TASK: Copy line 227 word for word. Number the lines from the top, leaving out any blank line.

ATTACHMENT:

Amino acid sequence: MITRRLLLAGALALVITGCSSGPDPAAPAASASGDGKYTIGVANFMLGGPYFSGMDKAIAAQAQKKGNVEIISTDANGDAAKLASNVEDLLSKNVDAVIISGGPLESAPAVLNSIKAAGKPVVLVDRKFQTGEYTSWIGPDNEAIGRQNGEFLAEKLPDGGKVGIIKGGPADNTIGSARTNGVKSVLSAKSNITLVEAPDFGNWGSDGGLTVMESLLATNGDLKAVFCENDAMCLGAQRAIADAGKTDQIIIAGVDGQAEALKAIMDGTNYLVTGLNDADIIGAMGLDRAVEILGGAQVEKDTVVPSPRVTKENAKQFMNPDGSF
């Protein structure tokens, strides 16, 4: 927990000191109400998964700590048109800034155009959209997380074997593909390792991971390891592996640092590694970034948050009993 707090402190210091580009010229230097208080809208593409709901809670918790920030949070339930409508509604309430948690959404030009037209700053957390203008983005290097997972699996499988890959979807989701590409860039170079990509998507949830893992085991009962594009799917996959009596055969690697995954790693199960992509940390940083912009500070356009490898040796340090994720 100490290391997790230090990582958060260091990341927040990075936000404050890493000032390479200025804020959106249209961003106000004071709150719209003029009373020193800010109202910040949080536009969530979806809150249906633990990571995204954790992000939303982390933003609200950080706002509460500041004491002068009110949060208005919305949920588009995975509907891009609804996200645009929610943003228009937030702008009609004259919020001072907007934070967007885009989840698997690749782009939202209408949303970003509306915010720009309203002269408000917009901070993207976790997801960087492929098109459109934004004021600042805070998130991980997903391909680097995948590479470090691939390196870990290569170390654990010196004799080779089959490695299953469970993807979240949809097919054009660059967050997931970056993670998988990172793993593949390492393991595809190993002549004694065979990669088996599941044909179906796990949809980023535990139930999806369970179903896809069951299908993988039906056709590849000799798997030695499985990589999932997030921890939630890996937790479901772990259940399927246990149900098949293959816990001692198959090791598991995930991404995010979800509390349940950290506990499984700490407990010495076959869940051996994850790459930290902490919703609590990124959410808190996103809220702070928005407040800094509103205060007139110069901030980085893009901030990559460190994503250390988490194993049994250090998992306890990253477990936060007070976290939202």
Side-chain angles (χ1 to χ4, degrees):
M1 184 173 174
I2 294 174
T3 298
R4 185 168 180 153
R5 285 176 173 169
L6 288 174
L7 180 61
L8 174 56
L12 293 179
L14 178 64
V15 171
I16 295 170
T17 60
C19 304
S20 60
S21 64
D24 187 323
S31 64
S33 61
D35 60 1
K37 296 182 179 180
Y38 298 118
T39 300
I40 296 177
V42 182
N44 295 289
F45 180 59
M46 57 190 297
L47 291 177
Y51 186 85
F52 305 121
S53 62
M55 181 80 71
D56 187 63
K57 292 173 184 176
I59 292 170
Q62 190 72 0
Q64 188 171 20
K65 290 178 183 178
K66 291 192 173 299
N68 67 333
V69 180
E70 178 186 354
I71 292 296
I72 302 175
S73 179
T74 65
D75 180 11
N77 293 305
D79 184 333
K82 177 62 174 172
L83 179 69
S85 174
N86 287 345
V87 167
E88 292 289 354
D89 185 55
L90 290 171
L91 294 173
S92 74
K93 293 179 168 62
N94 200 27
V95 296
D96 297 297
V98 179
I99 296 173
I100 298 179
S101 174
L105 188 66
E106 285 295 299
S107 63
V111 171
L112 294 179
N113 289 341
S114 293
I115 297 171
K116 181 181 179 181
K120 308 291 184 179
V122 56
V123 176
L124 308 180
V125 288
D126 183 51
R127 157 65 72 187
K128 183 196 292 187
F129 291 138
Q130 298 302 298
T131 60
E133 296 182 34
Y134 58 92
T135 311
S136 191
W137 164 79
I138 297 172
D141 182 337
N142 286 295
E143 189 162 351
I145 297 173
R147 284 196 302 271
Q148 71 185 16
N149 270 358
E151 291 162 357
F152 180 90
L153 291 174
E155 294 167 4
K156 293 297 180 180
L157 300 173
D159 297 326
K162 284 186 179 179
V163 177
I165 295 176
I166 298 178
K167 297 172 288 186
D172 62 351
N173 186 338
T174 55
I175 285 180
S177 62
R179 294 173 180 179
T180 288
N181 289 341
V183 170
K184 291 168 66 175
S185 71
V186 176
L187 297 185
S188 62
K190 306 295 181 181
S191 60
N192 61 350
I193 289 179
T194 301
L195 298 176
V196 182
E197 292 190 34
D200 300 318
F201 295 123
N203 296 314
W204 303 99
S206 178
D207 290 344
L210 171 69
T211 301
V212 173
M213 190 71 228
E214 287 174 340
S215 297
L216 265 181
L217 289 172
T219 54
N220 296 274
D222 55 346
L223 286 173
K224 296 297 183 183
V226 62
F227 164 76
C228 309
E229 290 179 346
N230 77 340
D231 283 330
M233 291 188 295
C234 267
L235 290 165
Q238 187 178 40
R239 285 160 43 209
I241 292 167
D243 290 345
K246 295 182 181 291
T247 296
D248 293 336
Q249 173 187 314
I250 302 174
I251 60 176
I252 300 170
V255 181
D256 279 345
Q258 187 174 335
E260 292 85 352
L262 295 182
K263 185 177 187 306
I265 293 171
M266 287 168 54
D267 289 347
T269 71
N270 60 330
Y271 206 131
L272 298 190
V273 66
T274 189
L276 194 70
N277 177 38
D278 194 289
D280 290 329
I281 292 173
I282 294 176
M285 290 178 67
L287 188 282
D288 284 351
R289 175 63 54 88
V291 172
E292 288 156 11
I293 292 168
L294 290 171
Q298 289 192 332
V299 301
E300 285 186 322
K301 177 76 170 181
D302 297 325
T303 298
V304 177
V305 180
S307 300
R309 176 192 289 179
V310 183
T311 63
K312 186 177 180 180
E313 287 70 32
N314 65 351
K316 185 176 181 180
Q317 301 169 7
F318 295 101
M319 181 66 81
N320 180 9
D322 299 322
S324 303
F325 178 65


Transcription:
D322 299 322